I Am a Lupus Warrior

Ines Martins, PhD avatar

by Ines Martins, PhD |

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Lupus Warrior

Being that this is my first blog post with y’all, I’ll start out by introducing myself with a warm hello and a virtual hug.

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I know at some point we all end up adding labels to people because it can be the easiest way to get a feel for someone’s personality and their character. Me? Well, I guess some would say: Adventurer, Passionate Activist, Single Mother, Survivor … Survivor? Wait, where the heck did that one come from?

The word survivor implies an end date to an experience, like “I survived the 2010 flood” or “I survived cancer.” I am not done with any of this crap and most people can’t tell the difference between when I am actually feeling my best or when I have sunk down to my worst. I’ve gotten really good at being able to do a Skype meeting from my bathroom floor while in fetal position from the pain. I win small battles but make no mistake, I will never win the war. So maybe Lupus Warrior, if we were really going to label me, would be the best one yet.

Every day I wake up knowing that what I have has no end date, and it has no cure.

Over five million people worldwide suffer from lupus, and unless you have it or know someone directly who has it, you probably have no idea what I am talking about. Let that sink in for a minute … it will never go away, there is no vaccine, and treatments vary from steroids and opiate painkillers to some crazy scary stuff like chemotherapy and other biological immunosuppressant therapies. Treatment options and their costs are constantly weighing down on someone like me. A Lupus Warrior has to wade through a complicated series of options and processes in this life or death battle for, quite simply put, more time.

Traditionally, with lupus you aren’t treating the disease, you are treating the symptoms.

Up until about the last 10 years, there really hasn’t been a single treatment for a Lupus Warrior at all. At least not one that has proven effective for even a small percentage of the patients who suffer from it. It’s crazy.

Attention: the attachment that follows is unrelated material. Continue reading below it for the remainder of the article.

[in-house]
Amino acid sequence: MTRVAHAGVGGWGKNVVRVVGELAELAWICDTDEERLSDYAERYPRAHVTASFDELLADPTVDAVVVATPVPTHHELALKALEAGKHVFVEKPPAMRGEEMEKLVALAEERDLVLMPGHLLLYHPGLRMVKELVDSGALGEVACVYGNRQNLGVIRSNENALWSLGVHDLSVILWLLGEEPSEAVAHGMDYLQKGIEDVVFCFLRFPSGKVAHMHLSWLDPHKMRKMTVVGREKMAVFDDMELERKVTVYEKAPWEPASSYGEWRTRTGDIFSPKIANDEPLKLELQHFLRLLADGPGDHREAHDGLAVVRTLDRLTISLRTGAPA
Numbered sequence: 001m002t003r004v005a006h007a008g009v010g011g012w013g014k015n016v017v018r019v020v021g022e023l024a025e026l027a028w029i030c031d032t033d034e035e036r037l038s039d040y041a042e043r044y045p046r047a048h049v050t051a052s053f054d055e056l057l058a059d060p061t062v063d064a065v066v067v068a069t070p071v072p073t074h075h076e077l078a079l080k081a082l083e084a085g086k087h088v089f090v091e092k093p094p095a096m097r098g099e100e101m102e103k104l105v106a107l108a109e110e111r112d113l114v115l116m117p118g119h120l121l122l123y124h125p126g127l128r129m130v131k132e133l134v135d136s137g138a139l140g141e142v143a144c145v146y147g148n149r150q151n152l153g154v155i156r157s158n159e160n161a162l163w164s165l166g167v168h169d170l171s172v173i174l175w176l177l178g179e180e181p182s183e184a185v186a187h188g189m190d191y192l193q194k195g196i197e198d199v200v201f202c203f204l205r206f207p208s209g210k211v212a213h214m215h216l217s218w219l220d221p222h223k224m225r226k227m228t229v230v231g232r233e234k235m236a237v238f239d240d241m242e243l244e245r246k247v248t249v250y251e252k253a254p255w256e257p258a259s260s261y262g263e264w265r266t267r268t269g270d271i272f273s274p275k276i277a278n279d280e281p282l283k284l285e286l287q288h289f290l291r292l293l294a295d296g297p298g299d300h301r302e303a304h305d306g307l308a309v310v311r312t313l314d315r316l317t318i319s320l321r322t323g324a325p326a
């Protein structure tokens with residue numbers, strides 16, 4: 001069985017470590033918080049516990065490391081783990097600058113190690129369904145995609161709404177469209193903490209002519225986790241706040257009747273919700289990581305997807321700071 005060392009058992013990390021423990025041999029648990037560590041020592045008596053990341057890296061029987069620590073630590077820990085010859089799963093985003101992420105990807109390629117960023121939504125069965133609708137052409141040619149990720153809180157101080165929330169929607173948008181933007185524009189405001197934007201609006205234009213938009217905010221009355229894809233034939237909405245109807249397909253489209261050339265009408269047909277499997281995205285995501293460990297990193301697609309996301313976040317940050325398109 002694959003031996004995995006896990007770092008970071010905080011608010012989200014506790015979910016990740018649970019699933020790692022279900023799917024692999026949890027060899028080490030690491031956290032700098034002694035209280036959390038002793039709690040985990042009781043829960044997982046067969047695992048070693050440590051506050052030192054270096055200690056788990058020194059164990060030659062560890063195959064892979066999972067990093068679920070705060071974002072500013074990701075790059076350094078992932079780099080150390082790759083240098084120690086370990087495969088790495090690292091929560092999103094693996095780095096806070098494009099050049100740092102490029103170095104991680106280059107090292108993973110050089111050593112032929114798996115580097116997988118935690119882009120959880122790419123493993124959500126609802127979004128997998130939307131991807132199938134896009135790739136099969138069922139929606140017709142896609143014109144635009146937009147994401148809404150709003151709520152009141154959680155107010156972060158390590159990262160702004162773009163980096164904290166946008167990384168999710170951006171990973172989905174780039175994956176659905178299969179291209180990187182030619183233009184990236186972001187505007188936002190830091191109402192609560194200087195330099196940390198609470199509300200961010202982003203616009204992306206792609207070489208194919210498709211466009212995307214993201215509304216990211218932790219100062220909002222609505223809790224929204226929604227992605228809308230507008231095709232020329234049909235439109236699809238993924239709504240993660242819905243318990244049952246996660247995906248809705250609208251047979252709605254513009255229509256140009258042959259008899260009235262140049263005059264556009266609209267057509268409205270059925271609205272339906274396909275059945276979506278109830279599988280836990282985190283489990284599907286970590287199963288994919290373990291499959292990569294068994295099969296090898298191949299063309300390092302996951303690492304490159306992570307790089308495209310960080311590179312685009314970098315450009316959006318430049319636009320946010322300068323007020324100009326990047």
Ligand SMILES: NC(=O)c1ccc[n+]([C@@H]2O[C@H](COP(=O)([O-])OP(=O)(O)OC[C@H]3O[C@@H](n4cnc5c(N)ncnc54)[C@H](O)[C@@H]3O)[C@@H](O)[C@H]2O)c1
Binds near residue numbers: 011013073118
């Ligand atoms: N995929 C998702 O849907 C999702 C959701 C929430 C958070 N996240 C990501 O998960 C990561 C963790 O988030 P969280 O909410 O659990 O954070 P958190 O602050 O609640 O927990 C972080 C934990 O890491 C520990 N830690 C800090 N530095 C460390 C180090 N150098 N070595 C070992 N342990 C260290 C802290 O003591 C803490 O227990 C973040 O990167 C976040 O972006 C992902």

I could seriously go on venting for hours, but I say we save that for when I am having one of my “crap” days, and we enjoy the good day that is today. A few good days can make for a good week. A few good weeks can make for a good month, and so on and so forth. That’s how I try to live my life and that’s how I am finding way back to loving it.

Looking back, I can see that I was and still am going through the five stages of grief when it came to my old pre-lupus life. I like to think maybe the Universe, God, whatever you believe in, thinks I am a pretty touch chick, and I can handle this. I also like to think,

“Hey, if the Universe knows I’ve got this, then I’ve got the UNIVERSE behind me!”

This week, I am not only starting a new column for Lupus News Today, but a new chapter in my own life. I’ve just recently returned back to earth from what I can only call the best summer of my life. I’ll tell you all about it in good time, but this summer changed me. Like some for-real, on-the-level shiznit, changed me to my core.

Very, very long story short, I had lost my passion … my fire … my mojo … and what made it worse was that I knew it. You know that old saying “Ignorance is bliss?” Well, it’s without a doubt 100 percent true. I knew I wasn’t going to get better and that no one could pull me out of the spiral I was going down but me. I had to ask myself, If I don’t care, then who does?

I remember that moment of realization that the answer would be no one. So I set off on a month-long sabbatical, and I created a pilgrimage away from my home that completely revolved around my illness, and what I saw as my newfound limitations. I set off to prove to myself that if I really wanted something, I could do it on my own. What I found was that if I wanted something bad enough, then yes, I could go out and get it. I also learned I would need to ask for help along the way. My name is Bridget, I am a Lupus Warrior, and this is my journey.

Note: Lupus News Today is strictly a news and information website about the disease. It does not provide medical advice, diagnosis, or treatment. This content is not intended to be a substitute for professional medical advice, diagnosis, or treatment. Always seek the advice of your physician or other qualified health provider with any questions you may have regarding a medical condition. Never disregard professional medical advice or delay in seeking it because of something you have read on this website. The opinions expressed in this column are not those of Lupus News Today, or its parent company, BioNews Services, and are intended to spark discussion about issues pertaining to Lupus.